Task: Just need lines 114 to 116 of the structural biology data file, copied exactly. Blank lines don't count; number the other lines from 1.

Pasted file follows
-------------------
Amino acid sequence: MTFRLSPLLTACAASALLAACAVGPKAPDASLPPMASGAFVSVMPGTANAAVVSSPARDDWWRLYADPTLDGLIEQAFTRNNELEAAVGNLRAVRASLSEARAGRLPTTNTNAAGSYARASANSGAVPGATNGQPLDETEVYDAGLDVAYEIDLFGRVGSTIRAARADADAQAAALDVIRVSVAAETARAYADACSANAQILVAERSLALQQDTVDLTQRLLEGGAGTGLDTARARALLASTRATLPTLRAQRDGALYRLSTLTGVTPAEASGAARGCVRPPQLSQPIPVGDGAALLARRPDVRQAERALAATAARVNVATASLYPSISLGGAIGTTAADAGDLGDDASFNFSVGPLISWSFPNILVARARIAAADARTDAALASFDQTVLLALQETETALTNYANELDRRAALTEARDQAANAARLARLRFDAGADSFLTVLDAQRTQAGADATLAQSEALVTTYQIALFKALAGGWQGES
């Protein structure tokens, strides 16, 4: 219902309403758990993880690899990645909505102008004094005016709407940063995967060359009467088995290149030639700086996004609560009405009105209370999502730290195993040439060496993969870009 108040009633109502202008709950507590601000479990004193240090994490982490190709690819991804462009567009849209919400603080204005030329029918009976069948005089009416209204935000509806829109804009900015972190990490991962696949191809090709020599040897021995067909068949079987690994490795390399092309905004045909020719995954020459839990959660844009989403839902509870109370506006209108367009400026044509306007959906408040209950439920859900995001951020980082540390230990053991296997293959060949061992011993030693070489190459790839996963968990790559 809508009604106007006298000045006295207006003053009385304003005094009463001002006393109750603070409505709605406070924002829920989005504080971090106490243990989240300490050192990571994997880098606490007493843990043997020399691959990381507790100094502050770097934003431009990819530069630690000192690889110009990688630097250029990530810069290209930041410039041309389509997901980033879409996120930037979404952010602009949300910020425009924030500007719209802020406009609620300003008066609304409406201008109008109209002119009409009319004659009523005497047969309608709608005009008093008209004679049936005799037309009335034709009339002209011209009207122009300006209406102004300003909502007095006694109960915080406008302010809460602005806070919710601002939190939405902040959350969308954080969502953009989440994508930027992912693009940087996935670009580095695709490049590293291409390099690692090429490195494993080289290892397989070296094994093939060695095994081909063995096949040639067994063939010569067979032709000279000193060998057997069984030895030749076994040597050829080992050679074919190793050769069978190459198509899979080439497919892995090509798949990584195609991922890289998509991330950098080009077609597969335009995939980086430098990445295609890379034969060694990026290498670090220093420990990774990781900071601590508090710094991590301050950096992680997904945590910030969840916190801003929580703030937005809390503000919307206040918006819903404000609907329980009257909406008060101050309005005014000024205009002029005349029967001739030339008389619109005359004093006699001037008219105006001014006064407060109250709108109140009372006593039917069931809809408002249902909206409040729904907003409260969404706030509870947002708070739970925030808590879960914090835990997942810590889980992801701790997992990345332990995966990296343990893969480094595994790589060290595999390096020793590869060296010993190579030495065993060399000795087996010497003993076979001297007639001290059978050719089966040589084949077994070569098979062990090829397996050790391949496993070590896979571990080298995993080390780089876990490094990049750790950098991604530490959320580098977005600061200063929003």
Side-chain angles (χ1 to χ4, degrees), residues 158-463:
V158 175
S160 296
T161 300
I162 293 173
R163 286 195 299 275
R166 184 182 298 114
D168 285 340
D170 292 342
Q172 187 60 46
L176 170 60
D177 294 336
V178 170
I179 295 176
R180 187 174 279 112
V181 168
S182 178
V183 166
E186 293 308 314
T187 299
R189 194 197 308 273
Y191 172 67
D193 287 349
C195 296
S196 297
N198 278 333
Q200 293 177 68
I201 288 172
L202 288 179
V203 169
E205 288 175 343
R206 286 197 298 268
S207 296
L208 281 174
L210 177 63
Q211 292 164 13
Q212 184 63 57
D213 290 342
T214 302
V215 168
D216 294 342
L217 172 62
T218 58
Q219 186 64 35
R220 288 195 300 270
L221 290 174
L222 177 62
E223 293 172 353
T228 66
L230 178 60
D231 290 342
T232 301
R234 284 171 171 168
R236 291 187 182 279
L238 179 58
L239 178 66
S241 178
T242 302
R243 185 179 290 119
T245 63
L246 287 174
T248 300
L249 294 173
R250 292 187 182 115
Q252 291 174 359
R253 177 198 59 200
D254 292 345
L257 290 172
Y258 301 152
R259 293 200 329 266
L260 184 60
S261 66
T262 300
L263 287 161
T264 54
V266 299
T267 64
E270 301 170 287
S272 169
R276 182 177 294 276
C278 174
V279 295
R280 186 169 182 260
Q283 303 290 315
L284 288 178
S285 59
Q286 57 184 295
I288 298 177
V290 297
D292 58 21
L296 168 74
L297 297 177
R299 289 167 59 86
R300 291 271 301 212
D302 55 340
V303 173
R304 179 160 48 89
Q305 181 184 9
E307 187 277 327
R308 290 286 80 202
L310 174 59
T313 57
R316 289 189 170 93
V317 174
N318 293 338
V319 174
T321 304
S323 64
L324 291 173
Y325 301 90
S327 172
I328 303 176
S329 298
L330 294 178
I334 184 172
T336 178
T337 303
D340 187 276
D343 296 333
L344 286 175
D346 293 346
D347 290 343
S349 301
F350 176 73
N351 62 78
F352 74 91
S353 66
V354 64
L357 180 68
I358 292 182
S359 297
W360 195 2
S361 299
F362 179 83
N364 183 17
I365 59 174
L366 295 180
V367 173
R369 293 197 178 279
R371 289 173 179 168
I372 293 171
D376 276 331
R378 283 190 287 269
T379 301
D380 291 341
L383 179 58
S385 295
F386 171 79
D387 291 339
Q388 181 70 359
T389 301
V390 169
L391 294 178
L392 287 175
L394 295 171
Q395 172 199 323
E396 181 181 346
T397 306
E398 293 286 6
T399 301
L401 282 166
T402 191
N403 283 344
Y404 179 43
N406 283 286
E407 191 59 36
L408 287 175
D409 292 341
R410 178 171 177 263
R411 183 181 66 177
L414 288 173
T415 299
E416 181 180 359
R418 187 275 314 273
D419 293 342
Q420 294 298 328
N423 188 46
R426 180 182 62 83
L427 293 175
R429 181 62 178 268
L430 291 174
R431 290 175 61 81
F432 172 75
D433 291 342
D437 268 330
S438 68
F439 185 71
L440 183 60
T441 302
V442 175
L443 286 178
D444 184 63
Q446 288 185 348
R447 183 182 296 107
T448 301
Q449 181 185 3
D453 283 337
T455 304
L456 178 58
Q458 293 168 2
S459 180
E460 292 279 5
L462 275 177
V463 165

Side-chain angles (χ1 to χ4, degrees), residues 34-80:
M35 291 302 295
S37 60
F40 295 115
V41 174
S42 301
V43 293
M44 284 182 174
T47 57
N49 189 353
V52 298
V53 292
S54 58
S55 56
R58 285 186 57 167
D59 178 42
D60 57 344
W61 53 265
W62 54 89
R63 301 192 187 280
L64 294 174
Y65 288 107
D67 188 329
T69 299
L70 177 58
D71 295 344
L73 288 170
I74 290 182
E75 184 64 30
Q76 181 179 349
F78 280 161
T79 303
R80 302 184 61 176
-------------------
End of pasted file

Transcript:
I328 303 176
S329 298
L330 294 178